30. cliffordthered says:

    @DrDave – typical sophomoric swipe ignoring your own party’s blatant corruption.

    My congressperson used to be a republican who would respond to every letter and send regular updates on his work. The gerrymandering now gave me a Democrat who has NEVER responded to my letters and rarely updates me at all. I guess because she is too busy pandering.

  31. Blue says:

    I would like to know the names of the CEO’s who have said that they “………..would not cooperate with the bail-out if they are forced to yield to a Salary Cap….”!

  32. egoldin says:

    Here’s a question. I’d love to write a letter (as opposed to an email), but my handwriting sucks. Like, it’s terrible. Do you think printing out a hand (er, computer-written) letter helps or hurts? It would be a lot easier for the lowly intern opening mail to read…

    • Meggers says:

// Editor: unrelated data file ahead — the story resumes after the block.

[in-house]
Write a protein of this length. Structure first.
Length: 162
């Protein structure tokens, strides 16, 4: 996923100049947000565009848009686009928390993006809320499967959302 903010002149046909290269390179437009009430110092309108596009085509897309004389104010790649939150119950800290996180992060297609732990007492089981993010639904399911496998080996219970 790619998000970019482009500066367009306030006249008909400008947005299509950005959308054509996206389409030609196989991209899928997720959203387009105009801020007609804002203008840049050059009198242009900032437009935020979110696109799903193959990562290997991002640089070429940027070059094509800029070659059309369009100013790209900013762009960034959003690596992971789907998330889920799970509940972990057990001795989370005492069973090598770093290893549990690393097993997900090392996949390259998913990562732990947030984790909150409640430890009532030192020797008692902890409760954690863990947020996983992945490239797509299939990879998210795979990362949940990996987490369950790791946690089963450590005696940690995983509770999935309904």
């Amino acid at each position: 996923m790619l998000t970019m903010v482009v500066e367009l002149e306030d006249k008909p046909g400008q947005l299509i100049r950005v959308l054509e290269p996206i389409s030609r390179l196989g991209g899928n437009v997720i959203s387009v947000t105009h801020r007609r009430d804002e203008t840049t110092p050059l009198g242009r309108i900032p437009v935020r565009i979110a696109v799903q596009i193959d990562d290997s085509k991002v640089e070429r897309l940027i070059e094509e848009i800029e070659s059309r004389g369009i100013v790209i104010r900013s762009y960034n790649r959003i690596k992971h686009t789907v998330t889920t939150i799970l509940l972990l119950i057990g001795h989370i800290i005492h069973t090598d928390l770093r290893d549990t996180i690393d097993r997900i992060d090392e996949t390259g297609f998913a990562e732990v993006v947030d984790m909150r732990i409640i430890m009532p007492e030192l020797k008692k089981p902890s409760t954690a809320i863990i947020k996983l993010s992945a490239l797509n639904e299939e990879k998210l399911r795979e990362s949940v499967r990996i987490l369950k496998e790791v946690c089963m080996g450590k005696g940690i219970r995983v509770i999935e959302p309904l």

@egoldin: I interned on the hill years ago and we would rather get a typed letter then chicken scratch. It is so much easier to get your point across when someone can actually read it.

      Full disclosure- I have horrible handwriting and never learned how to properly write in cursive. *sob*

      • egoldin says:

        @Meggers: Awesome. Thanks!

        Not sure how often I’ll write an essay just to get added to the tally, but might try to write the occasional letter.

  33. Triborough says:

    What you need to do is get several people you know and are constituents to write in. It isn’t the content it is the amount. That, along with something that would get the elected official media play, is basically what will get it kicked up the food chain.